A Snapshot of Autism Spectrum Disorder in Missouri

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Findings from the Missouri Autism and Developmental Disabilities Monitoring (MO-ADDM) program help us to understand more about the number of children with autism spectrum disorder (ASD), the characteristics of those children, and the age at which they are first evaluated and diagnosed.

missouri site tracking area
1 in 60

Or 1.7% of 8-year-old children were identified with ASD by MO-ADDM in 2018

bar chart showing prevalence of ASD in Missouri

This percentage is lower than the average percentage identified with ASD (2.3%) in all communities in the United States where CDC tracked ASD among 8-year-olds in 2018.

Among 8-year-olds

No significant differences in ASD prevalence were found between White, Black, and Asian or Pacific Islander children

Bar chart showing No significant differences in ASD prevalence prevalence were found between White, Black, and Asian or Pacific Islander children

Values indicate prevalence per 1,000 children.

8-year-old boys

Were 3x as likely to be identified with ASD as girls

Icons showing 3x

By 3 years of age

41% of children with ASD had a comprehensive developmental evaluation

Bar chart showing 41 percent

Children who were born in 2014 (1.2%) were 1.6x as likely to receive an ASD diagnosis or ASD special education classification by 48 months of age compared to children born in 2010 (0.7%)

Children who were born in 2014 (1.2%) were 1.6x as likely to receive an ASD diagnosis or ASD

Values indicate prevalence per 1,000 children.

What are the key take-away messages?
  • ASD prevalence was similar for White and Black children, suggesting previously reported racial disparities in ASD identification continue to diminish.
  • Despite diminishing disparities in identification across the ADDM Network, Black children were more likely to have ASD and ID compared to White children.
  • Although there was no relationship between neighborhood-level socioeconomic status (SES) and ASD prevalence among 8-year-old children, higher SES was associated with higher ASD prevalence among 4-year-old children in MO-ADDM.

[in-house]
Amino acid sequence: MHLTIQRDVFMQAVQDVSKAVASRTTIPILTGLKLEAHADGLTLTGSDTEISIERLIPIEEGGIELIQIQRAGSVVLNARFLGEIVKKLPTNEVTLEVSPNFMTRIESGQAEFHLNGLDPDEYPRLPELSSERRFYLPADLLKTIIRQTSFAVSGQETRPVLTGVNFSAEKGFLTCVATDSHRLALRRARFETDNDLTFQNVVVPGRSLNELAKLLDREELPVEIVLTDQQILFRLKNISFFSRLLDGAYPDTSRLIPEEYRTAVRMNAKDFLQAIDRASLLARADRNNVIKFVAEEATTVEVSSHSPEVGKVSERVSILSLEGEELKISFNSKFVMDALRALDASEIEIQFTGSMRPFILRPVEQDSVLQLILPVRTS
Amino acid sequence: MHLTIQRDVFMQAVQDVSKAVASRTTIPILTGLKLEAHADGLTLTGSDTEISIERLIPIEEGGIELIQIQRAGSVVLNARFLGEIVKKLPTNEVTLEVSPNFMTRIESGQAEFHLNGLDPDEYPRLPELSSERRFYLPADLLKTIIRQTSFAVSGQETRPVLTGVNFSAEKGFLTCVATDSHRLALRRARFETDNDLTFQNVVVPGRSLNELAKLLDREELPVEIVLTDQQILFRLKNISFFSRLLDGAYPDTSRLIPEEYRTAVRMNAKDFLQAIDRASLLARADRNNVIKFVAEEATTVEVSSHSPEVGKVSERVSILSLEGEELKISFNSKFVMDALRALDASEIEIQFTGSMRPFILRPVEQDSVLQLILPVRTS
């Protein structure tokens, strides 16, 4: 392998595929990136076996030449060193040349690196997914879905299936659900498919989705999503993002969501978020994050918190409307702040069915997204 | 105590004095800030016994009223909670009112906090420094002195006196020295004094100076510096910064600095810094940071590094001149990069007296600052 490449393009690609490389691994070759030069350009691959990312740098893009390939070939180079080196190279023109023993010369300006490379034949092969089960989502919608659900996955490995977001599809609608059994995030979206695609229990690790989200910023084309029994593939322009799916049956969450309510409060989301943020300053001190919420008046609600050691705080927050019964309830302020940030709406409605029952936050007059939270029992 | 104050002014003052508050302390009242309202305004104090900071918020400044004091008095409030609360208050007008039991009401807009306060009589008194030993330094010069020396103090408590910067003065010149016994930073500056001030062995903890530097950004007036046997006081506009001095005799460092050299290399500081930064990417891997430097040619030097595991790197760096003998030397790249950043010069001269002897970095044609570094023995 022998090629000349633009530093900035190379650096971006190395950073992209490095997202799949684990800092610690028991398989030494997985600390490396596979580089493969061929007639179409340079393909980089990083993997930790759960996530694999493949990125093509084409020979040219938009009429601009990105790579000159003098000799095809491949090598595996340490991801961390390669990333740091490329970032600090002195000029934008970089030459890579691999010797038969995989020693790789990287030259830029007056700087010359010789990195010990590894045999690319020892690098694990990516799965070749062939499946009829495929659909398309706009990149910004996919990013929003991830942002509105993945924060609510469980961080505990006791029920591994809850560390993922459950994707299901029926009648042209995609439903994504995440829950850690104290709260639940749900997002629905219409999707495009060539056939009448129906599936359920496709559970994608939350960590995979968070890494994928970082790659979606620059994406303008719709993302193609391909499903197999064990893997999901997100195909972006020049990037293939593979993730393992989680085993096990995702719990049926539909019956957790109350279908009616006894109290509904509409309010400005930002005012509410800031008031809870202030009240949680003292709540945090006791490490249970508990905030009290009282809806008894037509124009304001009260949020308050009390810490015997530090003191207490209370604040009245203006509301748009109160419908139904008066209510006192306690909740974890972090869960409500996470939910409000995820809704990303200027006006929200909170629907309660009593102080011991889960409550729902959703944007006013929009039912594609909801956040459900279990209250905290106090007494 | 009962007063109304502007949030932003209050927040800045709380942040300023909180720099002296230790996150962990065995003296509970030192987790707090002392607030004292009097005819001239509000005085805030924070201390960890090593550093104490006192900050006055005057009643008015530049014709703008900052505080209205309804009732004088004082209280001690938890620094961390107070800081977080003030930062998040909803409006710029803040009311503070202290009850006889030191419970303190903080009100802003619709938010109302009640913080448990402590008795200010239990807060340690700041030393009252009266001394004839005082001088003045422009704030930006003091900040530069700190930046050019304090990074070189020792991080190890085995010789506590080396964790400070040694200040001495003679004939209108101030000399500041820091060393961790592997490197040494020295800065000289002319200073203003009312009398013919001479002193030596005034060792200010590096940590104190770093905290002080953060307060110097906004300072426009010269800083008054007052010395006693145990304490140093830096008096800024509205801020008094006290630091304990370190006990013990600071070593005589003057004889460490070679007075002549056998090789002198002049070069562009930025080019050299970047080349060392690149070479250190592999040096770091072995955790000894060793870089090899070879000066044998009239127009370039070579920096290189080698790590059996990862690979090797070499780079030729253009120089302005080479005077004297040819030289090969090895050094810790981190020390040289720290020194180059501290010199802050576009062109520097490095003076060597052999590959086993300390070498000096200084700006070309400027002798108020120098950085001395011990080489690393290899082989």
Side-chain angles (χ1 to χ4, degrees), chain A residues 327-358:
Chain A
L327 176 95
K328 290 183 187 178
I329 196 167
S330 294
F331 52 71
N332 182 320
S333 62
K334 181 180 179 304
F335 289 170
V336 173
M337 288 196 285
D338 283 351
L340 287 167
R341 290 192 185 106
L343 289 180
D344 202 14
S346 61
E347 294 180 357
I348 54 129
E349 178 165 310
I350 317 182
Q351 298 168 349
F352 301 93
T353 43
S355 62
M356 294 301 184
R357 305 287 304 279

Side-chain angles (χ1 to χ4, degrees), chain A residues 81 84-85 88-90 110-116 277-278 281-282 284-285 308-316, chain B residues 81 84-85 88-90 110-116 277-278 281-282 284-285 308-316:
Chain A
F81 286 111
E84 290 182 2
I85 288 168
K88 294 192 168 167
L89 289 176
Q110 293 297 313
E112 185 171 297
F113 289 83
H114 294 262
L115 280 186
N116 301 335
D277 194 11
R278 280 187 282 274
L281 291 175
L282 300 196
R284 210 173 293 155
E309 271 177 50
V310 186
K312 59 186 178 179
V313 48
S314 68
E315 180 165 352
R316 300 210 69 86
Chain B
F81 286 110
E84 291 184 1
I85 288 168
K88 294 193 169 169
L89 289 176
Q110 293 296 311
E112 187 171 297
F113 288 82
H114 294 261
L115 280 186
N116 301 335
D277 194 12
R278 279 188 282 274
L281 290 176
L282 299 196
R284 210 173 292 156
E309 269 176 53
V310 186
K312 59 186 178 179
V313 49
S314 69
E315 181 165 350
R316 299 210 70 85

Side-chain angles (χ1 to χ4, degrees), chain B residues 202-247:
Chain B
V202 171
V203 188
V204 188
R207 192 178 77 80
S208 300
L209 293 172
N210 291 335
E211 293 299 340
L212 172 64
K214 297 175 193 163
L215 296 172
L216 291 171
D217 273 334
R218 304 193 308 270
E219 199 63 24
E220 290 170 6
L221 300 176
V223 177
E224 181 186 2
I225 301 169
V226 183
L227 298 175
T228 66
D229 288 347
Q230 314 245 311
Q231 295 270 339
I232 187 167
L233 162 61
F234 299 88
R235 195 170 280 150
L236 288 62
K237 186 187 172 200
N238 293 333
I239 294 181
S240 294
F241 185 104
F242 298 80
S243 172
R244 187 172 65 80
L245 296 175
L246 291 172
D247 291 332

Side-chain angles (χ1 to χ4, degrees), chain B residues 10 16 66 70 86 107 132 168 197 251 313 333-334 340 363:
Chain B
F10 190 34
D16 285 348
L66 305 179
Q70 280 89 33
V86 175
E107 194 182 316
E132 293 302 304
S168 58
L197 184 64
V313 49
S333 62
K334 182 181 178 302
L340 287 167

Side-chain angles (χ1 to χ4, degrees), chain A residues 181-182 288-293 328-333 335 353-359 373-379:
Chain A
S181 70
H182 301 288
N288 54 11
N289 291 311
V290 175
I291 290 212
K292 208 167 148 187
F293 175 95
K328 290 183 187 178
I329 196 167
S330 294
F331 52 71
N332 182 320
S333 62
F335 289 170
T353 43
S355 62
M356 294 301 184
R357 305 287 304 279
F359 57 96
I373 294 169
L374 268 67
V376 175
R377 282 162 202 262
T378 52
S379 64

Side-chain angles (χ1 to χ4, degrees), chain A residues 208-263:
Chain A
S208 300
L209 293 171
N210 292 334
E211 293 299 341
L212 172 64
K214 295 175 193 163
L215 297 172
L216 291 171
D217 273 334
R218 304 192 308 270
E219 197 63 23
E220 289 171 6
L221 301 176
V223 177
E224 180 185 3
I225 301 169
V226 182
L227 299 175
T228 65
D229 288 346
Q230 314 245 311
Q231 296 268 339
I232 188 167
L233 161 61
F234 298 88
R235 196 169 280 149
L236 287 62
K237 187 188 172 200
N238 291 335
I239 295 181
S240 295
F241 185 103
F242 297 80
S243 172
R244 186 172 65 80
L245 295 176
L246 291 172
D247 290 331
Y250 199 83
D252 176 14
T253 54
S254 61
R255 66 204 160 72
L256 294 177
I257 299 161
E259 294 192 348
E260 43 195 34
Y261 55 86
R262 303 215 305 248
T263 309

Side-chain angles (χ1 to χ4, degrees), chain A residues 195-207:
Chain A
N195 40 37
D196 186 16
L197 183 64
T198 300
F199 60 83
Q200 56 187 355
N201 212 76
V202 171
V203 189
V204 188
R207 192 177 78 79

How can this information be useful?

The MO-ADDM Project’s latest findings can be used to:

  • Plan for ASD services and training.
  • Promote early identification and service initiation.
  • Guide future ASD research.
  • Inform policies promoting improved outcomes in health care and education for individuals with ASD.

Partners in Missouri should continue to consider new ways to lower the age of first evaluation and diagnosis by community providers; this action will improve access to interventions and services to benefit children and their families.

How and where was this information collected?

MO-ADDM uses a record review method. Specifically, this information is based on the analysis of data collected from the health and special education records of children who were 4 years old and 8 years old and living in 1 of 5 counties in Missouri in 2018.

Tracking area
Franklin, Jefferson, St. Charles, St. Louis, St. Louis City counties

8-year-old children in tracking area: 24,481

  • 66% White
  • 25% Black
  • 5% Hispanic
  • 4% Asian or Pacific Islander
  • <1% American Indian or Alaska Native

4-year-old children in tracking area: 24,521

  • 65% White
  • 26% Black
  • 5% Hispanic
  • 4% Asian or Pacific Islander
  • <1% American Indian or Alaska Native

* Estimates may not sum to 100% due to rounding.

What else does MO-ADDM do besides provide estimates of ASD?

MO-ADDM investigators at Washington University in St. Louis collaborates with the Missouri Department of Health and Senior Services and community partners to track the number and characteristics of 8-year-olds and 4-year-olds with ASD. In addition, MO-ADDM conducts various ASD-related public health, research, and clinical activities to inform various partners (such as clinicians, educators, and families) on the latest scientific developments, best practices for early intervention, and clinical care for children with ASD.

Resources

“The ADDM Network data is a vital tool that can be used by physicians and other providers to monitor our progress towards ensuring that we are identifying all children with ASD as early as possible and connecting families with appropriate services.”

– PAUL S. SIMONS, MD
Specialist in Developmental
and Behavioral Pediatrics,
Associate Professor of Pediatrics, Washington University School of Medicine

DEPARTMENT OF ELEMENTARY AND SECONDARY EDUCATION’S OFFICE OF SPECIAL EDUCATION
573-751-5739
dese.mo.gov/special-educationexternal icon

DEPARTMENT OF MENTAL HEALTH’S DIVISION OF DEVELOPMENTAL DISABILITIES
dmh.mo.gov/dd/external icon

FIRST STEPS
1-866-583-2392
www.mofirststeps.com/external icon

MISSOURI FAMILIES FOR EFFECTIVE AUTISM TREATMENT
877-275-8988
www.mo-feat.org/external icon

NAVIGATING AUTISM SERVICES
dmh.mo.gov/media/pdf/navigating-autism-services-community-guide-missouriexternal icon

CDC’S LEARN THE SIGNS.
ACT EARLY.
Alicia Curran
Missouri’s Act Early Ambassador
https://www.cdc.gov/ncbddd/actearly/ambassadors-list.html

CONNECT WITH MO-ADDM
Robert Fitzgerald, PhD, MPH
Washington University in St. Louis
314-286-0151
fitzgeraldr@wustl.edu